New candidates emerged this month in races for South Anchorage and East Anchorage Assembly seats, with the election about six months away.
On Wednesday, business owner and longtime neighborhood activist John Weddleton filed candidate registration paperwork with the state for an open South Anchorage Assembly seat. Weddleton is hoping to replace Assembly member and Hillside resident Jennifer Johnston, who is barred from seeking re-election under term limits.
Weddleton has never run for public office. He's a self-described "community council guy" and a regular presence at city land-use meetings. Weddleton has served on the Anchorage Planning and Zoning Commission as well as the boards of more than a half-dozen community councils over the years.
"I've been involved with a variety of things, and it feels like a 20-year education getting me ready for what?" Weddleton said. "Getting me somewhere where I can really have an impact … being on the Assembly is really where I can do that."
If elected, Weddleton said he wants to focus on "continuity" in the city's Title 21 land use regulations, which he said he's followed closely, as well as public participation in local government and budgetary issues tied to the state economic crisis. He described his political leanings as "very independent."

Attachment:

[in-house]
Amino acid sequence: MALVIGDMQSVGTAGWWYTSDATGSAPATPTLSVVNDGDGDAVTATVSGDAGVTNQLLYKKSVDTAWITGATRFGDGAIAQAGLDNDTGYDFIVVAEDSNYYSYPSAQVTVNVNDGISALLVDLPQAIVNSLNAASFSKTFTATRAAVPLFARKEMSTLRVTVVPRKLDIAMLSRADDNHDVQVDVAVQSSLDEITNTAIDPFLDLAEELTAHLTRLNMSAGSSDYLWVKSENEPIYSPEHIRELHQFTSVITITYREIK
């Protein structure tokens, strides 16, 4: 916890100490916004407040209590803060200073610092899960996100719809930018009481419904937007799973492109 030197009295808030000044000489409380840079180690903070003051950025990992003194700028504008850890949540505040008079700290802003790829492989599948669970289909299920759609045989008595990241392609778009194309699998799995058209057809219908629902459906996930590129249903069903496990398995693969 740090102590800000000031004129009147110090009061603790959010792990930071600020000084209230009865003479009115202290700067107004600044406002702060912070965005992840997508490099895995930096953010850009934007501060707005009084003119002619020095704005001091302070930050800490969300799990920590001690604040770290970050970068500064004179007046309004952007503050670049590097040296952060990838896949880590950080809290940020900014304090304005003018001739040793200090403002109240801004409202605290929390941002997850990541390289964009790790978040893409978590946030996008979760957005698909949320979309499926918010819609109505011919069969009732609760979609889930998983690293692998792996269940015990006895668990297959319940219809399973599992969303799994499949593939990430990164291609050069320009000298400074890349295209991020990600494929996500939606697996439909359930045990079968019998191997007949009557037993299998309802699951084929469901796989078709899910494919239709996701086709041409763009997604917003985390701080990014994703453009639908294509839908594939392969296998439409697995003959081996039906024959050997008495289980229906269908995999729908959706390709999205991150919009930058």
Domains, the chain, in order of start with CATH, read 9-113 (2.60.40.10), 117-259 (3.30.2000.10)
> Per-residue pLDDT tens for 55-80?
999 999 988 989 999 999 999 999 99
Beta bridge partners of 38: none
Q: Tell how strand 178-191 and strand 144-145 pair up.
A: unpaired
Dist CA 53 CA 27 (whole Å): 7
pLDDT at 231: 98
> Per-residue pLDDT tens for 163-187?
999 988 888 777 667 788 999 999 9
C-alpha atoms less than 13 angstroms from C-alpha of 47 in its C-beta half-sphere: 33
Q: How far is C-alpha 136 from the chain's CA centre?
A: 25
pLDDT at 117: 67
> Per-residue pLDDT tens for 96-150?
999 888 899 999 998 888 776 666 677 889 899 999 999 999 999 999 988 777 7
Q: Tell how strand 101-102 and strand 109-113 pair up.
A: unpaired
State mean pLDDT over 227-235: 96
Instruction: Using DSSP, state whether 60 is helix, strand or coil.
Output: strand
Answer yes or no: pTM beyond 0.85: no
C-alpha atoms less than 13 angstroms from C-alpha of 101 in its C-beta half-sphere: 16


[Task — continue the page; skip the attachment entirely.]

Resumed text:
Weddleton, 57, moved to Fairbanks in 1982 from New Orleans, where he earned a bachelor's degree in political science from Tulane University. He also received a master's degree in economics at University of Alaska Fairbanks.
In 1987, Weddleton moved to Anchorage to run Bosco's, the Spenard-based comics, cards and gaming store with a branch in the Dimond Center. He now owns the business.
He currently serves on several local committees, including the AMATS Bicycle-Pedestrian Advisory Committee and the Anchorage Chamber of Commerce's Municipal Committee. He also until recently chaired the Anchorage Hillside Home and Landowner Organization.
Weddleton is the second person so far to enter the South Anchorage race, according to Alaska Public Offices Commission filings. Joe Riggs, a conservative candidate who owns Alaska Healthcare Strategies, a medical equipment and consulting business, is also running.
In East Anchorage, a challenger has surfaced for Paul Honeman's seat; Honeman is up for re-election.
Terre Gales filed paperwork with APOC in mid-September signaling his candidacy. Gales ran his first political race against Rep. Don Young in the 2012 Republican primary.
Gales, 32, is a U.S. Air Force veteran and father of four who currently works as a health and safety officer for the city's Public Works Department. He's a Virginia native who moved to Anchorage in 2002, when he was stationed at what then was Elmendorf Air Force Base. He left the state in 2007, but moved back in 2012, and said Anchorage is now home.
"I just want a safe and economically sound Anchorage," Gales said in a phone interview. "I know I can bring energy and new ideas to help build a strong and vibrant community."
Education and parks in East Anchorage are among his top priorities, Gales said. After he spent 18 months as a police officer in Arizona, Gales said he is also concerned about police staffing levels and community policing.